Not identifying with intellectual positions also allows us to consider them more flexibly and objectively. If our goal is to be as integral in our thinking as possible, by which I mean, to include as many valid partial truths from as many points of view, models, theories, and disciplines as possible, then not identifying with our thoughts allows us to think more freely rather than get stuck on any particular way of thinking. I don’t have to blind myself to the limitations and weaknesses of a particular position if I’m not desperately holding onto it as part of my identity. This is very liberating. It enables us to see the merits or partial truths nestled within even conflicting theories on the same topic. In Hegelian terms, it allows us to see the points of synthesis between a thesis and an antithesis, a view and its opposite view.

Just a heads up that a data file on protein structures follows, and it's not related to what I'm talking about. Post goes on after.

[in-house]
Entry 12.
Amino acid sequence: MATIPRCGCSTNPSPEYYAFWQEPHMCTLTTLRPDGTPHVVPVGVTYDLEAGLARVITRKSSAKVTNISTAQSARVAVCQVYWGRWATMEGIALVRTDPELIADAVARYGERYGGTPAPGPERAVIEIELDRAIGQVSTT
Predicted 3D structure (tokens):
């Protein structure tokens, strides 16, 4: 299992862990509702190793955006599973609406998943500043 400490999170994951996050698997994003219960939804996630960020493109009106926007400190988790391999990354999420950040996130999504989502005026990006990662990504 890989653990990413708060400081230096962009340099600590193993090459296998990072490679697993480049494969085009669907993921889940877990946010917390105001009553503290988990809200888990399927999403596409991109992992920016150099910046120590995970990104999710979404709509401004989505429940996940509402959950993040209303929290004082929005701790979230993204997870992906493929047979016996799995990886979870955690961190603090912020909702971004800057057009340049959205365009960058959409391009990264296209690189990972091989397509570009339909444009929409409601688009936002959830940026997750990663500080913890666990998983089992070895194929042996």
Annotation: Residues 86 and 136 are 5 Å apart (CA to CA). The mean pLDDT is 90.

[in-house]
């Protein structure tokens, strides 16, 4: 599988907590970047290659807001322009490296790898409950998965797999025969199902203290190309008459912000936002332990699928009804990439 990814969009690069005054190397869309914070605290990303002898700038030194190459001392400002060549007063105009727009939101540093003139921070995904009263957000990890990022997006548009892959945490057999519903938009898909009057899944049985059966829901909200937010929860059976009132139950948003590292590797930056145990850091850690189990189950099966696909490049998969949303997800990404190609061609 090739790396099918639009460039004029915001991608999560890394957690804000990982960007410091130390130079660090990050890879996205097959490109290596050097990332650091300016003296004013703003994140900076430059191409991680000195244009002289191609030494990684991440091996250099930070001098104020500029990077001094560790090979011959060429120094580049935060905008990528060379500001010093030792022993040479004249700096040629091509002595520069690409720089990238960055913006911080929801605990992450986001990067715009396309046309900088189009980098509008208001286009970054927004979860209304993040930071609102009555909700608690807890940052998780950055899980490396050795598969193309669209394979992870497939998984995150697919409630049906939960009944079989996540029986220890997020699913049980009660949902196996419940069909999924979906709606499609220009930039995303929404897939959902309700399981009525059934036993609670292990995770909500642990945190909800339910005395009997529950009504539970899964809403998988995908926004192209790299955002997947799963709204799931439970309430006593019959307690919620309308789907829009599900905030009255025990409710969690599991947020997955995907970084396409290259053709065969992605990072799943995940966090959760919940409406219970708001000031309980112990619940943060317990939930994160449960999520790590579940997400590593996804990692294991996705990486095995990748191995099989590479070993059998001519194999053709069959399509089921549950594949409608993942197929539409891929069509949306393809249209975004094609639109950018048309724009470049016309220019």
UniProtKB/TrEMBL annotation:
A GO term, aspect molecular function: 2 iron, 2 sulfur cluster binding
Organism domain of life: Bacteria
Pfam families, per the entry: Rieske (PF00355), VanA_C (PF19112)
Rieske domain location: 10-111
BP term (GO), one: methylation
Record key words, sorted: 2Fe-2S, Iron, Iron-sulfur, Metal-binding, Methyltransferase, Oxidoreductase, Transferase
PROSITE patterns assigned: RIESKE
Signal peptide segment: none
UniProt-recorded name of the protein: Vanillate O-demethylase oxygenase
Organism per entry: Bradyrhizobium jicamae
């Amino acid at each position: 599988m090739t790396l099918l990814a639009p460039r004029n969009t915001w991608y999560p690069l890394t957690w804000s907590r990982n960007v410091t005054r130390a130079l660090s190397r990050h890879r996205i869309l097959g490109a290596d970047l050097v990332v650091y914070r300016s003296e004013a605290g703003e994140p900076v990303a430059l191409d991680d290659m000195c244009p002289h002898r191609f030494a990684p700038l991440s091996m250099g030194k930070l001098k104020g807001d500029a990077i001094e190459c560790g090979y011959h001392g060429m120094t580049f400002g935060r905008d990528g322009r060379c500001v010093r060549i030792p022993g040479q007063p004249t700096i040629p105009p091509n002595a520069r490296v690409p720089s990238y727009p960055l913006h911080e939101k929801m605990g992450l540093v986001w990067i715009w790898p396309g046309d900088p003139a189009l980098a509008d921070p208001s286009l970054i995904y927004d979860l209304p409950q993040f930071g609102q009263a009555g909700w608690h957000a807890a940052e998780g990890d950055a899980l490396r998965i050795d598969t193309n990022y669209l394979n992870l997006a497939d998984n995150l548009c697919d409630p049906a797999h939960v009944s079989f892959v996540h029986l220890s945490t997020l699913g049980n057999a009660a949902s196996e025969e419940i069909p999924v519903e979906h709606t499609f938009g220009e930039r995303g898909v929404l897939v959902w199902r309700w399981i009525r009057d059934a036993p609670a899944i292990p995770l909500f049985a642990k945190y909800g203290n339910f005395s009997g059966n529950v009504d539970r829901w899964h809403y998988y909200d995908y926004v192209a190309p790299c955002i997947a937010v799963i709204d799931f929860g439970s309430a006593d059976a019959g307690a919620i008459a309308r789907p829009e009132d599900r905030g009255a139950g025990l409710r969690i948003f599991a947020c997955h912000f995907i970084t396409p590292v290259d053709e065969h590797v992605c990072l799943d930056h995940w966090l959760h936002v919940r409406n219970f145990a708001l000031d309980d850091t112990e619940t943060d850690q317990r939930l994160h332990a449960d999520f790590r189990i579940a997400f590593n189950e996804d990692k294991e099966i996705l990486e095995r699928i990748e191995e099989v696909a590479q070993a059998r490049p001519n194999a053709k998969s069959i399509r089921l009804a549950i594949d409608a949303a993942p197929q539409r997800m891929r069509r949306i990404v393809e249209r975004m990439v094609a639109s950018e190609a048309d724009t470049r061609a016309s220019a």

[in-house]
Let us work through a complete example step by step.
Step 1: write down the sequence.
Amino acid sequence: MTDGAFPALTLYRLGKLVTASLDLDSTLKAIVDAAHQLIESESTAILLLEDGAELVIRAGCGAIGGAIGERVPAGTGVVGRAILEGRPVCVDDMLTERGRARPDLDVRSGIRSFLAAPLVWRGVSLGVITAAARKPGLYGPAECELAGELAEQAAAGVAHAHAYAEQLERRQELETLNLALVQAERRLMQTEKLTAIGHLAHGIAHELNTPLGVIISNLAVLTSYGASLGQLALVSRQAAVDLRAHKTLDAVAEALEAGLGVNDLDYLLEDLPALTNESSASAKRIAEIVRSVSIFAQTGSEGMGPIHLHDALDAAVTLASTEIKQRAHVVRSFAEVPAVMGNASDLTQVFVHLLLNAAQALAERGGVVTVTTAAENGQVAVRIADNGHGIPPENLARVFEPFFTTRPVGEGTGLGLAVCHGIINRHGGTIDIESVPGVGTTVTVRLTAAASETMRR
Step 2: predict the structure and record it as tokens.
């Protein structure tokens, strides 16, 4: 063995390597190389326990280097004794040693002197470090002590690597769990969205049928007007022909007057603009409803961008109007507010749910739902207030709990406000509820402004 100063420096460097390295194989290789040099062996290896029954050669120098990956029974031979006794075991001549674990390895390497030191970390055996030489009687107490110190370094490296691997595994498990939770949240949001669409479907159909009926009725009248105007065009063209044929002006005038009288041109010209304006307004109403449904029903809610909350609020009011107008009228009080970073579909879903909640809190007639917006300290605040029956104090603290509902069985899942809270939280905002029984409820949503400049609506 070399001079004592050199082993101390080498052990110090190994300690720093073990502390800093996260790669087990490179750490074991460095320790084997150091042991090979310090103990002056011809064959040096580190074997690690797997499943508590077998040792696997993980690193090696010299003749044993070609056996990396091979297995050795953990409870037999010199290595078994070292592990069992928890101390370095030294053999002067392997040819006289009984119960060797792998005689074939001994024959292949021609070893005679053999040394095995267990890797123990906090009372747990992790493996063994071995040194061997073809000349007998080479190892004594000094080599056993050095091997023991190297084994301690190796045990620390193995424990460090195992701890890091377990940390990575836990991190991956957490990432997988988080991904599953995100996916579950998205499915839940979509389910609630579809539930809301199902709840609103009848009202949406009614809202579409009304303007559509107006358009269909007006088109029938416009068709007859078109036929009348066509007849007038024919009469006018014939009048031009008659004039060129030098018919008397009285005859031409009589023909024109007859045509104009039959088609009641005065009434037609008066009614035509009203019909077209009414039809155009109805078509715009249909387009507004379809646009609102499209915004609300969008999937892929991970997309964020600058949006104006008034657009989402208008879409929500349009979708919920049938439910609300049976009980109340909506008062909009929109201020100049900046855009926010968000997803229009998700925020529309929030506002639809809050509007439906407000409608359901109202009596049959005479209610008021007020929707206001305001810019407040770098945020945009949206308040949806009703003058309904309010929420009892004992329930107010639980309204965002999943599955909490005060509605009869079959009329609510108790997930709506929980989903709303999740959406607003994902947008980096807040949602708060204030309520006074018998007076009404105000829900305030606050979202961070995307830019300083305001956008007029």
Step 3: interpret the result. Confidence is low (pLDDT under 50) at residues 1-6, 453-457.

Being free to flow between multiple theories and models is fruitful for intellectual inquiry, because, as the quantum physicist Niels Bohr pointed out, while “the opposite of a trivial truth is false, the opposite of a great truth is also true.” A way of thinking that can encompass as much truth as possible is more inclusive, more integral, and more reflective of the vastness of the universe than a limiting conception that leaves much out. To put a picture to this idea, a map of Canada might tell you something about the world, including maps of all the other countries would tell you a whole lot more. Adding all of astronomy’s maps of the entire universe would give you an even more-encompassing picture.
Thinking With Rather Than Against: A Different Approach to Discussion